What’s the perfect summer read for an environmentally conscious teacher? A library of classic environmental reads. Over the past decades, many volumes have earned space beside Rachel Carson’s Silent Spring. Some are prompting comment on America’s WILD READ, a virtual book club moderated at http://americaswildlife.org/wildread/. The book club was recently launched by the U.S. Fish and Wildlife Service to help stimulate the process of crafting a new vision for their National Wildlife Refuge System. Here are some great reads to inspire and provoke thought and action. You will find more ideas in readers’ postings on the website.
The Better to Eat You With
(2008)by Joel Berger
In a thrilling book describing his work collaring moose in the Tetons, field biologist Joel Berger offers insight into the complex relationship between predator and prey, showing how large animals change behaviour— sometimes to their detriment—in response to changing assessments of risk.
(1966) by Olaus and Margaret Murie
Legendary naturalists Margaret and Olaus Murie take turns describing their work and life together in the mountains of the Tetons, where game biologist Olaus Murie studied American elk, or wapiti. Pen-and-ink drawings by Olaus Murie and four pages of photos enhance the text.
Of Wolves and Men
(1978) by Barry Holstun Lopez
In this National Book Award finalist, American poet and essayist Barry Lopez examines interactions between wolves and men, and delves into the biology and mythology of wolves.
A History of Ecological Ideas
(1977) by Donald Worster
Where did the concept of ecology begin and who helped shape it? Environmental historian Donald Worster examines the intellectual and philosophical contributions of Linnaeus, Gilbert White, Darwin, Thoreau and others. New editions look at recent shifts in ecological thinking.
(1968) by Edward Abbey
In this sometimes riotous and sometimes chilling memoir, environmental hero and iconoclast Ed Abbey recounts his adventures and reflects on his experiences as a ranger at Arches National Park outside Moab, Utah. The book is a classic and poetic meditation on the relationship between man and nature.
(2010) by Edward O. Wilson
This debut novel by a Pulitzer Prize winner and Harvard entomology professor follows a young protagonist into Alabama’s Nokobee wilderness, where the author explores the relationship of man and nature. The book’s best-known central section, detailing the life and death of an ant colony, was published separately in the New Yorker magazine. The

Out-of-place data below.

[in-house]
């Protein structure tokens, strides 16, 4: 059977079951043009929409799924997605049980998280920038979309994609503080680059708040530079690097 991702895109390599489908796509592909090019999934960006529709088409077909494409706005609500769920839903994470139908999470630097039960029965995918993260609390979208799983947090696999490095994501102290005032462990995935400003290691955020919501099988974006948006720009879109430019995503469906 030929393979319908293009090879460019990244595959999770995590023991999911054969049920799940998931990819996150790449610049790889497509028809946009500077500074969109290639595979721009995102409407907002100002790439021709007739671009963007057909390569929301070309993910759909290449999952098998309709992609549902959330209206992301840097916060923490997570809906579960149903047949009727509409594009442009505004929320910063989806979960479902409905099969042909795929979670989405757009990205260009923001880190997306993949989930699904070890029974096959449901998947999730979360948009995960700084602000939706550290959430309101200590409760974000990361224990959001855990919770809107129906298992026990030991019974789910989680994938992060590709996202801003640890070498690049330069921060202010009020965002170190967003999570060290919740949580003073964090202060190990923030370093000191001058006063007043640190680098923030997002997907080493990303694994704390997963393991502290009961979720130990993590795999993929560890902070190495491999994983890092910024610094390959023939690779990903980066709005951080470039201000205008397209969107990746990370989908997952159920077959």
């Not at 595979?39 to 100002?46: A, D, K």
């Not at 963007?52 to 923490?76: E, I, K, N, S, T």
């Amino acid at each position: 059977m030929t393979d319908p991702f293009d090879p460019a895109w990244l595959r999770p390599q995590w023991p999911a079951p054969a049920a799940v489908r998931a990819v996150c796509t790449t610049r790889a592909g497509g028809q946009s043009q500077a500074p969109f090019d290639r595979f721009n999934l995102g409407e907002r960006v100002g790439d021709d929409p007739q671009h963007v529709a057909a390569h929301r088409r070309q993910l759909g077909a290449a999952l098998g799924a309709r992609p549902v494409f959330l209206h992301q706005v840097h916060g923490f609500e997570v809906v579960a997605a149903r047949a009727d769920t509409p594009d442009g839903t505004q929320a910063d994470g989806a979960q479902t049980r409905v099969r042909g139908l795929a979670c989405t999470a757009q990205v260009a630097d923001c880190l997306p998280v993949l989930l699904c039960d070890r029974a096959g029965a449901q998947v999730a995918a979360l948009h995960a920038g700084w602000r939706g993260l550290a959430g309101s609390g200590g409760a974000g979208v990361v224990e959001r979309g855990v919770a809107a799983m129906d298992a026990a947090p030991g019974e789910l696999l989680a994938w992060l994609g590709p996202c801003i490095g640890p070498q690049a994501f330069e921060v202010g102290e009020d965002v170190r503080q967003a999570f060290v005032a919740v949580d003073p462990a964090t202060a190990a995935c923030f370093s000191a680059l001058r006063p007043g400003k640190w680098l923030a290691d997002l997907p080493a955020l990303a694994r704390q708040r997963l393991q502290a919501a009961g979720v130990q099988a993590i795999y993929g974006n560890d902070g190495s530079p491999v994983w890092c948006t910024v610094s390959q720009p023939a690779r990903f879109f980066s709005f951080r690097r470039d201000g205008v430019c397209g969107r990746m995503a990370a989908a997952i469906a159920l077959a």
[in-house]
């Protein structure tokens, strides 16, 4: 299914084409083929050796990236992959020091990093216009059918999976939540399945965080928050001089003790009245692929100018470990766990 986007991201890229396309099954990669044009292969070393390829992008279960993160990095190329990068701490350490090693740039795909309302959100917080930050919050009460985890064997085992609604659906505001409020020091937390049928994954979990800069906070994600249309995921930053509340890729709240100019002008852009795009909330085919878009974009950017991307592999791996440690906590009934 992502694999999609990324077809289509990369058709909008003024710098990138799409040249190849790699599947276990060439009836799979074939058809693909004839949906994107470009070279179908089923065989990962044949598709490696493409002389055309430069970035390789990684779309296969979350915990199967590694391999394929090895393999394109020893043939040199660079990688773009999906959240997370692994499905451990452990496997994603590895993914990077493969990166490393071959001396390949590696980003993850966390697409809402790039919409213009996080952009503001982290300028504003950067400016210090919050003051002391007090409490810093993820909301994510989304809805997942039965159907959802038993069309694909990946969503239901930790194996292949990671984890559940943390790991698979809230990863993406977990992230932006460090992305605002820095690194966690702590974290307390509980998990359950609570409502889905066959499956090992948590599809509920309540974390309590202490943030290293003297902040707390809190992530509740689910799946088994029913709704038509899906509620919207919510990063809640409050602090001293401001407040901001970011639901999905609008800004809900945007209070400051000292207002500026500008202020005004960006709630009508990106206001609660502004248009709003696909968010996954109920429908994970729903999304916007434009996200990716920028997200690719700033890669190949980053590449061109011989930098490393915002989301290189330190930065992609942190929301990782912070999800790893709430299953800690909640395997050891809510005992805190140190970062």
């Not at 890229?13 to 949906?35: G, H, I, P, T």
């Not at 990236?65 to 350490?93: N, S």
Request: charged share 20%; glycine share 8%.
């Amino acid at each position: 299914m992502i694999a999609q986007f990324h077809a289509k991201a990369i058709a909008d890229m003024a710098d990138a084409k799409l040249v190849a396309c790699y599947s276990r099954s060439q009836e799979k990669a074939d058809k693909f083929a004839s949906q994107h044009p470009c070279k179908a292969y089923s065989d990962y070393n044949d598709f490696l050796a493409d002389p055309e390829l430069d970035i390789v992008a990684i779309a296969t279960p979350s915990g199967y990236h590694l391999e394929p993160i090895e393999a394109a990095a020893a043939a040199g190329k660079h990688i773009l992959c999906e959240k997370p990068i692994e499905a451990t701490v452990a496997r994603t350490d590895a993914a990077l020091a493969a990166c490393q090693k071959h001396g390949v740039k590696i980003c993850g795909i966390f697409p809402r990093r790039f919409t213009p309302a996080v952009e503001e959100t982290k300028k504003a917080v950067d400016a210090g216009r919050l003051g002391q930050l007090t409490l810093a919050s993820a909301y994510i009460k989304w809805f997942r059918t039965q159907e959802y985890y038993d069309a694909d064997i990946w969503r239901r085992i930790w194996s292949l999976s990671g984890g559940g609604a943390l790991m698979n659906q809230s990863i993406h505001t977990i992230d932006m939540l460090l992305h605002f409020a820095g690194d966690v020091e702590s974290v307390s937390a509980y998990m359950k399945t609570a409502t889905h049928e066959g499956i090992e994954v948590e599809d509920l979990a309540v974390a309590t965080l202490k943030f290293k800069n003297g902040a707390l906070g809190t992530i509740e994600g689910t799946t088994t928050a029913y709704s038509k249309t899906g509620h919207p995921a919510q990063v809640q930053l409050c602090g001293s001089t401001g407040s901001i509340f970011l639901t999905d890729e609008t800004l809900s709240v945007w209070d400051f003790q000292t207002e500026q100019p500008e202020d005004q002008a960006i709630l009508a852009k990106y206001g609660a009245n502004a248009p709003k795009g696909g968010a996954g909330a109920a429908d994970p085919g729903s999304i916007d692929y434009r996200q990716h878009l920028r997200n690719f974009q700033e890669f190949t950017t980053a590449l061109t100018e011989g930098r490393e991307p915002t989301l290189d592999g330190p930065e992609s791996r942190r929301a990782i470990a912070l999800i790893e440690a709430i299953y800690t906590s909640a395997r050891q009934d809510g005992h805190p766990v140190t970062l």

(2003) by Rick Bass
Writer and environmental activist Rick Bass follows an effort by the U.S. Fish and Wildlife Service to reintroduce orphaned wolves to the Ninemile valley of northwest Montana, over the objections of the state and some special interest groups.
The Record of a 30,000 Mile Journey Around the Continent by a Distinguished Naturalist and His British Colleague
(1956) by Roger Tory Peterson and James Fisher
In 1953 famed American ornithologist Roger Tory Peterson joined British pal and seabird expert James Fisher on a madcap 100-day tour of America’s great wildlife refuges. The two naturalists chronicled their adventures in a now-classic book that includes their wry observations on animal biology and human sociology, and relates such wonderful esoterica as the courting behaviour of dragonflies.
Making a Life on a Tough New Planet
(2010) by Bill McKibben
We no longer inhabit the same planet our ancestors did, since climate change induced by human activity has ended climatic stability, just as the author warned it would 20 years ago. And it’s past time for us to adjust by living lightly, protecting what we still have, reducing our impact and refusing—despite everything—to give up hope.
An Unnatural History of Family and Place
(1992) by Terry Tempest Williams
A Utah naturalist muses on her mother’s death to cancer, as she searches for meaning in the government’s nuclear-weapons tests in the nearby Nevada desert and the flooding of a Great Salt Lake bird sanctuary.
Where the Wild Things Were
Life, Death, and Ecological Wreckage in a Land of Vanishing Predators
(2009) by William Stolzenburg
What happens when we rid an ecosystem of its largest predators? It’s not a pretty picture. Without sea otters to keep them in check, sea urchins strip ocean floors of kelp. Without wolves, elk overrun river banks. When populations of mid-sized predators swell to fill a vacuum left by the loss of alpha predators, Stolzenburg shows, smaller species pay, and biodiversity is lost. The book builds an appreciation for nature’s complexity.
A Sand County Almanac
(1949) by Aldo Leopold
Part memoir, part argument, this posthumous volume is one of the most influential nature books ever published. Written from Leopold’s summer shack in Baraboo, Wisconsin, the book movingly recounts personal anecdotes that helped formed the conservationist’s land ethic and conviction that we must preserve the balance of nature and as much wild land as possible.
The Future of the Last Wild Food
(2010) by Paul Greenberg
Time was when the oceans were a source of seemingly endless bounty. The efficiency of commercial fishing has changed that, putting at risk the wild populations of our most common food fish: salmon, bass, cod and tuna. Greenberg explains why these four fish are poor candidates for farming and explores where this leaves us.
No Impact Man
(2009) by Colin Beavan
With honesty, humor and some self-mockery, the author describes his yearlong attempt to minimize his environmental impact.
ABOUT THE AUTHOR
Susan Morse is a writer/editor with the U.S. Fish and Wildlife Service.
This article is from Canadian Teacher Magazine’s May/June 2011 issue.